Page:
🚨BREXIT UPDATE, Sunday
More messages from food exporters who are finding the door to the EU is now shut. Haulage firms won’t take their loads; bureaucratic/IT systems failing.
A multi-billion pound trade system is being tested for the 1st time, in real time. And it’s going wrong
— James Withers (@scotfoodjames) January 10, 2021
Seafood – live testing new rules and regulations
For food and drink businesses, the struggle is very real, more so than initially envisioned.
One sector feeling particularly let down by the whole process is seafood, especially those operating in the shellfish division.
With tight turnarounds in place to ensure fresh produce lands in France within 24 hours, the chaos at the French borders over the festive period saw financial losses into the millions with produce having to be sent to landfill due to border closures which were put in place as a result of a variant coronavirus strain spreading in the UK.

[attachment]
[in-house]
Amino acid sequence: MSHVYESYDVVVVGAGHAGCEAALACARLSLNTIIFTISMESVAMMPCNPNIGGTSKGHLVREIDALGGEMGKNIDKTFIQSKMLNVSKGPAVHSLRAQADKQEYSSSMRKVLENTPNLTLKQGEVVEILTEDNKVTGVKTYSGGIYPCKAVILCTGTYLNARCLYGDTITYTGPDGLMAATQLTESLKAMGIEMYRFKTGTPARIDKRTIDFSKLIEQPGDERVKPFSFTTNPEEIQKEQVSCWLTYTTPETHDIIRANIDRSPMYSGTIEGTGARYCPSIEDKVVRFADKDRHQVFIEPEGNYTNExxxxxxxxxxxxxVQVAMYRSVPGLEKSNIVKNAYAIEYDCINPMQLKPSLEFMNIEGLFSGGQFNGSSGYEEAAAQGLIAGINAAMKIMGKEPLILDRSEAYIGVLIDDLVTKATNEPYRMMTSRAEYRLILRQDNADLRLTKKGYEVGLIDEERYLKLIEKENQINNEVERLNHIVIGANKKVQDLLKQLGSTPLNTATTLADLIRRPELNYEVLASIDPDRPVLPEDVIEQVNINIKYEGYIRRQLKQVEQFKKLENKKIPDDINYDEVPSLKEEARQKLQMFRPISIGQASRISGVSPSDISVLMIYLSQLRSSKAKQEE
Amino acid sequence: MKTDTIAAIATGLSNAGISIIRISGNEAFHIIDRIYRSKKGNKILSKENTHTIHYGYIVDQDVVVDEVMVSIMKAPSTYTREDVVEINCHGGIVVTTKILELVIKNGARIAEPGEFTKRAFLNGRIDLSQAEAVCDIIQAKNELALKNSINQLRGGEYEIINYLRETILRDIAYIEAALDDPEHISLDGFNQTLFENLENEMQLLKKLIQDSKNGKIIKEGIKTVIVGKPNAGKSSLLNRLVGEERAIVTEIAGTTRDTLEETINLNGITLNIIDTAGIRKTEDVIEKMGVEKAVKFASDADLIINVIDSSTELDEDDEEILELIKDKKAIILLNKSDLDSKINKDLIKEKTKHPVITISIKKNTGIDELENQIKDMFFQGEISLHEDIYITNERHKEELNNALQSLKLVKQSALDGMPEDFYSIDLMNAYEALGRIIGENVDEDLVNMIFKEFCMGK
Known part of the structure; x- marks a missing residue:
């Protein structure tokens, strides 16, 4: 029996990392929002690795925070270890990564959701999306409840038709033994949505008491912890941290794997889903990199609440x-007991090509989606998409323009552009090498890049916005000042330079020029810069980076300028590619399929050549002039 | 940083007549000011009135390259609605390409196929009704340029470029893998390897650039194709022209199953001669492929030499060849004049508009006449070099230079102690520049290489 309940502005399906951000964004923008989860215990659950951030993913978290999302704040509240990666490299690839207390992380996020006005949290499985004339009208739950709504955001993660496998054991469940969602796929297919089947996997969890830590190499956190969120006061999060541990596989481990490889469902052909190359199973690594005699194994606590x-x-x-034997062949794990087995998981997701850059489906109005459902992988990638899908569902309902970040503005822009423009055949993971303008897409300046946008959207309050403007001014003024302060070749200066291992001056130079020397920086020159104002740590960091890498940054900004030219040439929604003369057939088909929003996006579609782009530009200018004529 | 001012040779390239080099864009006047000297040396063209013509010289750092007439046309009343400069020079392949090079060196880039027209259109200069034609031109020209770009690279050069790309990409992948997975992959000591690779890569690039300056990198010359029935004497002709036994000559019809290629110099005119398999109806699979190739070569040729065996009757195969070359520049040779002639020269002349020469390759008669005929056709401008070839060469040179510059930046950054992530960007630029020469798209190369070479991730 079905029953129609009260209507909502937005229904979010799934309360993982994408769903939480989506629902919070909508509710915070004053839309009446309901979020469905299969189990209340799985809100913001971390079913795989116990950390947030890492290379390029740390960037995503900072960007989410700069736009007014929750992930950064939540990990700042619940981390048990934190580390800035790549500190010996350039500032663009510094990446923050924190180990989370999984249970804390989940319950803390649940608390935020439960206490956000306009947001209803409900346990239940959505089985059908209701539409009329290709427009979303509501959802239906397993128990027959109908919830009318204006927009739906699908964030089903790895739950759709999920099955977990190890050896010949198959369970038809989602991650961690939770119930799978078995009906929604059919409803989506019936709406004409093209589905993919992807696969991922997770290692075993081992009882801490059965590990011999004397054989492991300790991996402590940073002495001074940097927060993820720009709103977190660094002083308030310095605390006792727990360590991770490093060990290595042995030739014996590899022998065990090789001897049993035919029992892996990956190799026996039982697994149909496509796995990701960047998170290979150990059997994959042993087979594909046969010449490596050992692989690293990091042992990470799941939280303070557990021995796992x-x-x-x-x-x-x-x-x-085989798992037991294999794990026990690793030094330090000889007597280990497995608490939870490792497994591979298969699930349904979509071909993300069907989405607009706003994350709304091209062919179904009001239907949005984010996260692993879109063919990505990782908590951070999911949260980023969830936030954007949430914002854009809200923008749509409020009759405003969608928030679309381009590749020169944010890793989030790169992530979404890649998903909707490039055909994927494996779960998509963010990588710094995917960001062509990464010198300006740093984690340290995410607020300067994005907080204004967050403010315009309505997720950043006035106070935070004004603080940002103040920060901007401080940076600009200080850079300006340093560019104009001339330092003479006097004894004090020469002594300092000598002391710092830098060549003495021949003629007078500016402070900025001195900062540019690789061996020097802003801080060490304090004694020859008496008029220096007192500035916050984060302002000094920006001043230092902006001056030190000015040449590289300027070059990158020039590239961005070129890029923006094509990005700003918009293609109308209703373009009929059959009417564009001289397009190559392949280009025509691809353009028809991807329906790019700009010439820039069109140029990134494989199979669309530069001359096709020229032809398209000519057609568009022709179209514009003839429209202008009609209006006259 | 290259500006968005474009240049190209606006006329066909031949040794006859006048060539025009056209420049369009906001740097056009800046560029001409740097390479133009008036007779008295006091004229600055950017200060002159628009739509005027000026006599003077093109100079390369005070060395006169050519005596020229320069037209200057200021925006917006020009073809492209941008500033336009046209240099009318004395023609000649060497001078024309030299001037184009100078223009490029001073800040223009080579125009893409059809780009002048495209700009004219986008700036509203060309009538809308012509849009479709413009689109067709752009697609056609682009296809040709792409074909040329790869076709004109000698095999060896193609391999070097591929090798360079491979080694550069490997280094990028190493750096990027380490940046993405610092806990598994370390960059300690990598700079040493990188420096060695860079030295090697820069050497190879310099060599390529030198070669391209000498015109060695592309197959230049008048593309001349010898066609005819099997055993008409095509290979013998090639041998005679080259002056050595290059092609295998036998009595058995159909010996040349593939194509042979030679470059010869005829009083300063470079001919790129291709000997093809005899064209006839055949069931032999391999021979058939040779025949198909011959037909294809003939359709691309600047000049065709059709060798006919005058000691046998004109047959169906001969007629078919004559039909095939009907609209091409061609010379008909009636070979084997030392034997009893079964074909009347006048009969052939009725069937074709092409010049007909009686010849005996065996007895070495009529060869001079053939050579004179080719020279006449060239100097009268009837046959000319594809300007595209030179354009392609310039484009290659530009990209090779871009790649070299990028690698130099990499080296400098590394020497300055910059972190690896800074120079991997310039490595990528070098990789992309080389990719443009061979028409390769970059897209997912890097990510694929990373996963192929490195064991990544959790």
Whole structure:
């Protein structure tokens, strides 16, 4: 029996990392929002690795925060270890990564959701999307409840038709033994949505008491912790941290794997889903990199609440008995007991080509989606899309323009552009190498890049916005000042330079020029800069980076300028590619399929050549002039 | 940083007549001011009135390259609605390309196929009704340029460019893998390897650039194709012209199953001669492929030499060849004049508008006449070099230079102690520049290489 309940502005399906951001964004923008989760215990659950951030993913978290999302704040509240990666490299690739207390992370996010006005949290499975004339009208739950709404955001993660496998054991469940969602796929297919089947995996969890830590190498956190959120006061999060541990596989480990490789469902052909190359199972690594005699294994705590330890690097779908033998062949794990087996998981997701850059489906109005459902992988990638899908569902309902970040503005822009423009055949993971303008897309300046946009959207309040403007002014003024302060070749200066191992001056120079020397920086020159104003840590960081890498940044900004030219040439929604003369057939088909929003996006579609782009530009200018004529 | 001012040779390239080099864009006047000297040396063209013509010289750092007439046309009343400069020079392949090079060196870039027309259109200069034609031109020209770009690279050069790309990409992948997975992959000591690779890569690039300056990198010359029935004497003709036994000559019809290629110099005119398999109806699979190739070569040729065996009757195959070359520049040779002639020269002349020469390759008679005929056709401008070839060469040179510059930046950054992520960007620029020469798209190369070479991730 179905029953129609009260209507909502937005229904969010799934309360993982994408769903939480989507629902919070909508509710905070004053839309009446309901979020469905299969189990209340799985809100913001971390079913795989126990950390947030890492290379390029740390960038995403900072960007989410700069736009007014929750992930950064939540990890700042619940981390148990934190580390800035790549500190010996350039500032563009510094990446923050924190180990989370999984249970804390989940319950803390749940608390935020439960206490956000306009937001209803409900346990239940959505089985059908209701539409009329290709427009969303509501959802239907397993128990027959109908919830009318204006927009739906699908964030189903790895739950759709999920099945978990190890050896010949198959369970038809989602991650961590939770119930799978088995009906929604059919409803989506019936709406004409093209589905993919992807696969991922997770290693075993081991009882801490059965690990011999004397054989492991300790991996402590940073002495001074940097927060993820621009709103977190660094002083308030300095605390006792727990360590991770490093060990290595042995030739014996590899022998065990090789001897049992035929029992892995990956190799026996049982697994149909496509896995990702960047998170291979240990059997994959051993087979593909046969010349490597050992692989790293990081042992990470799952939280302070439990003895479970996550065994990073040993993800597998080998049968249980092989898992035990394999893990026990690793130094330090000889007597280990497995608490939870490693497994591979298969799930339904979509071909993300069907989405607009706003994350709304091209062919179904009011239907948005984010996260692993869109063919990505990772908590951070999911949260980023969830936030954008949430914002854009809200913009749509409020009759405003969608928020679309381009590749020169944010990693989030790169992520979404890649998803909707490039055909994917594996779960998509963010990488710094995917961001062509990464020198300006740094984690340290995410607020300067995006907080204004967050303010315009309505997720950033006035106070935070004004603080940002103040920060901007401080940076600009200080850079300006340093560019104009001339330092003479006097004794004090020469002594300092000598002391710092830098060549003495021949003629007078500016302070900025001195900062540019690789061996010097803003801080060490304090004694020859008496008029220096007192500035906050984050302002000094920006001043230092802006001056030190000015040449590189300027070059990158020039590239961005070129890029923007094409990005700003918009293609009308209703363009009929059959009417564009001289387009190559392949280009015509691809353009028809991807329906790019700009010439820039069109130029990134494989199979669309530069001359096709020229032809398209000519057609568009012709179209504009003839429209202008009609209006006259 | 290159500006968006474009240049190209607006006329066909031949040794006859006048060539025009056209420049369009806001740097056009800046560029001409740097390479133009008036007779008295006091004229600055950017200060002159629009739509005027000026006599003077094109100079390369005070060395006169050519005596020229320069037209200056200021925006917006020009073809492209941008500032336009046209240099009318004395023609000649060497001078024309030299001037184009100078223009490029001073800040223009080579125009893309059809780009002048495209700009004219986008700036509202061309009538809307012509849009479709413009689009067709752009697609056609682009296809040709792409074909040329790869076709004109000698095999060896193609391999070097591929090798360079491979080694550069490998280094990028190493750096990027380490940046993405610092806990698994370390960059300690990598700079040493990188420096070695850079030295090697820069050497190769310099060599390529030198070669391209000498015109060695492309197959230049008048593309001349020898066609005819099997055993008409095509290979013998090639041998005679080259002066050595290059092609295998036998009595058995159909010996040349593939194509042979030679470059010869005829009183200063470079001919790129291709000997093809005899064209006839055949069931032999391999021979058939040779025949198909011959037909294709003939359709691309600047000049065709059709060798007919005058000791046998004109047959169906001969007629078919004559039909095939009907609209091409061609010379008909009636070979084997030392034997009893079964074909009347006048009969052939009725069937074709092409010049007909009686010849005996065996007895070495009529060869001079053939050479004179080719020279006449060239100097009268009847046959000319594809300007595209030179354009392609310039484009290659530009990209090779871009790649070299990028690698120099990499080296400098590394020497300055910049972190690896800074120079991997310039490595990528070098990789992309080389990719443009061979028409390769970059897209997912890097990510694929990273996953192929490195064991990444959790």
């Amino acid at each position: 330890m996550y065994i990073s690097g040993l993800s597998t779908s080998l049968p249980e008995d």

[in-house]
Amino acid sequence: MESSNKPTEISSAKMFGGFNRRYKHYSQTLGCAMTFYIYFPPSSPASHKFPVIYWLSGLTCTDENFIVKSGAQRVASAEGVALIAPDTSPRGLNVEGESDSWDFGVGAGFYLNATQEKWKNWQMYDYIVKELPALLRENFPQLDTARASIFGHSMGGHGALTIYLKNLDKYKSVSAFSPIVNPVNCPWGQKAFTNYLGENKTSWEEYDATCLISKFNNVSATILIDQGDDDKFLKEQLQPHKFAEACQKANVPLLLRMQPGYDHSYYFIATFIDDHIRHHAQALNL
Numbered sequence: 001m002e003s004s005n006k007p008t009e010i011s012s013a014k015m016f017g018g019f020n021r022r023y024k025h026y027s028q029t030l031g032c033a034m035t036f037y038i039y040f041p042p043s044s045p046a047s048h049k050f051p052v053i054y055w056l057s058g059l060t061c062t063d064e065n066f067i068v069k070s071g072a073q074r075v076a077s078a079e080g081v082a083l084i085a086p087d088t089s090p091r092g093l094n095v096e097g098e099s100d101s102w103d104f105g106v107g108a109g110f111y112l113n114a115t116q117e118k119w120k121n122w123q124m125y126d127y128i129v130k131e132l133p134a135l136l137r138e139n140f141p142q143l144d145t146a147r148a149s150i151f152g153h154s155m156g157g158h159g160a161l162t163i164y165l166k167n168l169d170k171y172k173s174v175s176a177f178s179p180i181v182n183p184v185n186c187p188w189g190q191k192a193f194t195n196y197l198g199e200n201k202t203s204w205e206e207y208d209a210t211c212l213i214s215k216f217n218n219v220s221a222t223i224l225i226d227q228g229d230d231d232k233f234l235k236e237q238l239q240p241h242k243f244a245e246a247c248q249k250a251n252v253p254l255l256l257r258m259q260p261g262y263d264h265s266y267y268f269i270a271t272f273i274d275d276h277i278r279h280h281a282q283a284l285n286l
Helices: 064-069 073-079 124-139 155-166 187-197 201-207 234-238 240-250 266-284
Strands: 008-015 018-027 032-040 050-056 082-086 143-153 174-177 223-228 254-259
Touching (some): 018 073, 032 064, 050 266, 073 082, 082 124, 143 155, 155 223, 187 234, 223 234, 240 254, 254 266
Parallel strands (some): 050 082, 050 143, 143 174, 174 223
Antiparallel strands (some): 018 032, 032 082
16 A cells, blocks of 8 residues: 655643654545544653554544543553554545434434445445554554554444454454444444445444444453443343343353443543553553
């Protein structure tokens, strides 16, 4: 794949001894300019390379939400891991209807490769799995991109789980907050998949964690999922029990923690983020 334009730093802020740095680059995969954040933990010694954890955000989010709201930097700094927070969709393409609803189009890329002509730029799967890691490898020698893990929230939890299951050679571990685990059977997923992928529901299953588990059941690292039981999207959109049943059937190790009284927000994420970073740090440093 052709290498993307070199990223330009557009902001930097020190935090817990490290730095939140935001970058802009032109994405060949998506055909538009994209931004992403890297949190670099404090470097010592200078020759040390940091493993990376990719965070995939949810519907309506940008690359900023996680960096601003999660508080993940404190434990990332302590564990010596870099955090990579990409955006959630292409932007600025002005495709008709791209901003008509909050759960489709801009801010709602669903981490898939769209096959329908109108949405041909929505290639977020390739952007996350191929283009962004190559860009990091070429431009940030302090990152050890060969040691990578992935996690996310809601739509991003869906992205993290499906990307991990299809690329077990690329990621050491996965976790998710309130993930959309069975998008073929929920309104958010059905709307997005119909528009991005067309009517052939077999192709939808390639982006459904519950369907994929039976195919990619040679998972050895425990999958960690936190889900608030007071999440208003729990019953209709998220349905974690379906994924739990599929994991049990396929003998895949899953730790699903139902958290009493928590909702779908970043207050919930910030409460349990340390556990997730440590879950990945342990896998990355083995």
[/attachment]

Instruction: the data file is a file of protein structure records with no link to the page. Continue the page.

James added: “Seafood exports are obviously much more time sensitive and need to be out of Scotland and in France within 24 hours. What would usually take maybe 12 to 24 hours are taking upwards of two or three days for sadly the reason we thought, which is that we had no time to test any systems.
“We are live testing [on] how to do business with new complex costly rules and regulations in place and that has been a massive, massive challenge.
BREXIT UPDATE, 10am, 8 Jan.
More & more reports coming in of hauliers halting group exports to the EU as of today (these are loads of different food products from different companies). A multi-million pound blow to our food industry. What an entirely predictable mess 😔 pic.twitter.com/8wtDq5p3pB
— James Withers (@scotfoodjames) January 8, 2021